There are no rules.

When people see my work, it's ok if they think they could do it. Because they wouldn't. Nobody would do exactly what I do but me at that exact moment in time. It's a completely personal statement. There's no map, no picture to follow, no blueprint, no formula, no recipe.

The act of creating a painting is an adventure—a journey. I don’t know where it will end. Every piece is uniquely determined by my mood, time of day, energy level, lighting, and materials at hand. The textures, layers, and interplay of colors are different every time. 

I’m a tactile monkey.

I love oil paint because of its density. I like to sculpt forms and create dimension, building up ridges that cast shadows and catch glazes. I like the process of layering things and seeing what happens. I’m a tactile monkey and I want to create pieces that demand that you touch them.

I’m fascinated by the world around me so I’m influenced by everything: music, books, travel, fashion and pop culture. I’m an observer, a collector, a traveler, and an adventurer. Everything I take in gets filed away in some back corner of my head and eventually comes out again recycled and reformatted onto canvas. 

A lot of my work explores the concept of impermanence. I like using sequins because over time they'll come off the canvas like leaves from a tree. I often add graffiti-like layers over old paintings to give them a new life.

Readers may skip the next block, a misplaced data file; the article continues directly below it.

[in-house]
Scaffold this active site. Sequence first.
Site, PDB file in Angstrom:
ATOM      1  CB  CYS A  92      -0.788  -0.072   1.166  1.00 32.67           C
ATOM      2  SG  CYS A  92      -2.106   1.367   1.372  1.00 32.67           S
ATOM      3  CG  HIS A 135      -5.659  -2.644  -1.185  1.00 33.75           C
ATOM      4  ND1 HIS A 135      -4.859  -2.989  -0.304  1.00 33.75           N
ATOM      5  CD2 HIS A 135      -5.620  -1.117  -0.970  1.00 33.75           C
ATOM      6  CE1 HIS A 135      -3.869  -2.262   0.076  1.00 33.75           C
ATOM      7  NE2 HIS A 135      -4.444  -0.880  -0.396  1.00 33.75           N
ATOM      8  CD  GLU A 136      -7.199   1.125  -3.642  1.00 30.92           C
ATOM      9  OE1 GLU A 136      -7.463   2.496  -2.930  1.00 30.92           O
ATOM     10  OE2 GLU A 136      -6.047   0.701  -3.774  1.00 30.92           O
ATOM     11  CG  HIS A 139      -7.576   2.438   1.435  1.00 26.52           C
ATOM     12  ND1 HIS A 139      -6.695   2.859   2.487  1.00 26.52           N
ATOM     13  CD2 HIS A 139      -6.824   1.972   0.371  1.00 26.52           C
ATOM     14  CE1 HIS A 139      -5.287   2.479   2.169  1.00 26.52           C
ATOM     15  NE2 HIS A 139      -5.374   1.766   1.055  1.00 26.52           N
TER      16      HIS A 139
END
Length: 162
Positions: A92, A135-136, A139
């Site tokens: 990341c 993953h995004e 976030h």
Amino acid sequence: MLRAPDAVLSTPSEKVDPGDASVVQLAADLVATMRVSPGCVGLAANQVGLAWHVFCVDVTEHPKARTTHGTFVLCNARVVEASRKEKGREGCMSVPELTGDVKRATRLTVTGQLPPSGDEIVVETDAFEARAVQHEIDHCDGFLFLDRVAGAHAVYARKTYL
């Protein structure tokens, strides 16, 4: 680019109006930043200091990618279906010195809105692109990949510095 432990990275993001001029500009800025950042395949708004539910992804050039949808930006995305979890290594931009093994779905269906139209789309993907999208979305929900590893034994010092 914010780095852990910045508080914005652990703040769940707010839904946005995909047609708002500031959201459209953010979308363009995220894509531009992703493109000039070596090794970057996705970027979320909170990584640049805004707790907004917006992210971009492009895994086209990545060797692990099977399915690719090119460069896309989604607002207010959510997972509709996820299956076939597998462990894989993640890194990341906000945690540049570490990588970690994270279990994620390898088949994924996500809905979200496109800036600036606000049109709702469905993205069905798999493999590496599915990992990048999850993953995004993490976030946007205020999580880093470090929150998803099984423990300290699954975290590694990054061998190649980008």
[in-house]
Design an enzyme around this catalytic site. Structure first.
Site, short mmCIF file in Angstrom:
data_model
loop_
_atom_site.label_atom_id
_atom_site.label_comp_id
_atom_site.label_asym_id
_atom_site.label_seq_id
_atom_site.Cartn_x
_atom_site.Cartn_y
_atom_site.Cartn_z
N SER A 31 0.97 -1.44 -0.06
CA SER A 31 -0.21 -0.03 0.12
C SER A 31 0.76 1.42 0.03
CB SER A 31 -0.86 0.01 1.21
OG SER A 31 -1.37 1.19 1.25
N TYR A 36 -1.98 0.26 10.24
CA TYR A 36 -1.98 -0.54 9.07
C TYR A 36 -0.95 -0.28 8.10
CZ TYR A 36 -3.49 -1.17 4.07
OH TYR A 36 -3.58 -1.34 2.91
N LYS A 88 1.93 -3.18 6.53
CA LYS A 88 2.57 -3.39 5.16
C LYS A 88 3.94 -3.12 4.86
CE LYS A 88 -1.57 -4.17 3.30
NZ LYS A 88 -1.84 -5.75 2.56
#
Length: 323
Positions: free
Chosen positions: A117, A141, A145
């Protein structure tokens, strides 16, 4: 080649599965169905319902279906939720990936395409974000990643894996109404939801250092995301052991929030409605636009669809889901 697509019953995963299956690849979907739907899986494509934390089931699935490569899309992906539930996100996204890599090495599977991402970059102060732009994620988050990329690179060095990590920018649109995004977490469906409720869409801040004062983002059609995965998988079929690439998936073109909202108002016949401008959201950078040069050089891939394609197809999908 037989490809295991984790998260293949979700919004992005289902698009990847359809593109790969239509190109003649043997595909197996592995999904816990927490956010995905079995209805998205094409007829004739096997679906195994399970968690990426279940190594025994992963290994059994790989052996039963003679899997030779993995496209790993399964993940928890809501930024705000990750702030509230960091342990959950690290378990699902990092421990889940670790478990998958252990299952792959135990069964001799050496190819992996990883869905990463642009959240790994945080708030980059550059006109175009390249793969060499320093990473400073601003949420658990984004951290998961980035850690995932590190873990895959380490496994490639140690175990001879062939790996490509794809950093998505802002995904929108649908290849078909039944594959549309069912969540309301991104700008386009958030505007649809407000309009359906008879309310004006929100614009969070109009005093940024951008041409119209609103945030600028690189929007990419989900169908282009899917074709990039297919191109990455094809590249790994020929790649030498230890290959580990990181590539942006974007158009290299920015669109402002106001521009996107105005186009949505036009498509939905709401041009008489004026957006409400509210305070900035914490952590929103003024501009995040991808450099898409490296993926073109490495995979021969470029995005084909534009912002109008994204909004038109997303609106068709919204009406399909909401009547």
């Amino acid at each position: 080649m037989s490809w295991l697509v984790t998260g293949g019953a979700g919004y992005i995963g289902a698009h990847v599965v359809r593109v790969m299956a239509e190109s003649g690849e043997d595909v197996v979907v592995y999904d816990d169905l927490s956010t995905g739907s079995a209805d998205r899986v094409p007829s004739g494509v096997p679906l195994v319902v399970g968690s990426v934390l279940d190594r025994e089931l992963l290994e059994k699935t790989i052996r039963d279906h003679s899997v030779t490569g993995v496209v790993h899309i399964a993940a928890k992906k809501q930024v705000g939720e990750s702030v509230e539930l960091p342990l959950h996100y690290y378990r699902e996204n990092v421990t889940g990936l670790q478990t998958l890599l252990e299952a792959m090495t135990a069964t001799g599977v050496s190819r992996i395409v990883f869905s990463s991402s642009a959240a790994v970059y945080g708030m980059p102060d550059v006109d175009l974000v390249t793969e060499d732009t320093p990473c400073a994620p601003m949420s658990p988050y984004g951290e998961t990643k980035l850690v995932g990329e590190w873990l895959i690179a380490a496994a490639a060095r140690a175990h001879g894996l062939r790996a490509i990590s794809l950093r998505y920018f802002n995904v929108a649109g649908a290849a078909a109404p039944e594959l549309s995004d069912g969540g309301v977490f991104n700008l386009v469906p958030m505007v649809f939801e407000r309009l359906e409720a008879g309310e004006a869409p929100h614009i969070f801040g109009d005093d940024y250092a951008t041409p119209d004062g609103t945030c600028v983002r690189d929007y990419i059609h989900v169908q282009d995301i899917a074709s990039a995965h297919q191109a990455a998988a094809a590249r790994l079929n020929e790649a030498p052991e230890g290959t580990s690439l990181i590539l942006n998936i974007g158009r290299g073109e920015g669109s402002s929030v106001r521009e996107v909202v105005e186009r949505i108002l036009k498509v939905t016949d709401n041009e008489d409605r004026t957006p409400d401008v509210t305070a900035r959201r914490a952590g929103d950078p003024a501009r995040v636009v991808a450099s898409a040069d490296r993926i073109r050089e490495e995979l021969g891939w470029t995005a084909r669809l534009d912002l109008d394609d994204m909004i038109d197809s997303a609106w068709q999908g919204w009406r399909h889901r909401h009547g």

Some days I grab a finished piece and throw it back onto the easel for a complete make-over.

Any of my paintings that have '2.0' or '3.0' at the end of the name are complete reworks of an earlier piece. When a finished painting sits around my studio too long, something about it will start to bug me. Even pieces that I really really like have a shelf life. So some days I grab a finished piece and throw it back onto the easel for a complete make-over. In some cases, I save almost nothing from the original piece but the texture and color palette. Other times I highlight parts of the piece that I like. I use a lot of Krink's graffiti markers and graffiti paints during the rework process. It's very freeing.

For me, a piece is done when it doesn’t beg to be tampered with anymore. It’s accomplished whatever goal I’ve set for the piece and it’s pleasing to me, which isn’t always the same as being beautiful.


Brandi Brooks moved to San Francisco in 1995 and soon began creating metal sculpture as an outlet for pent-up creative energy. Welding wasn’t conducive to apartment dwelling, so she started painting in 1999. Brandi was born in Aberdeen, South Dakota, and grew up on a cattle ranch. She currently works in marketing at a large non-profit by day and paints by night.

Here's a link to learn about encaustic painting.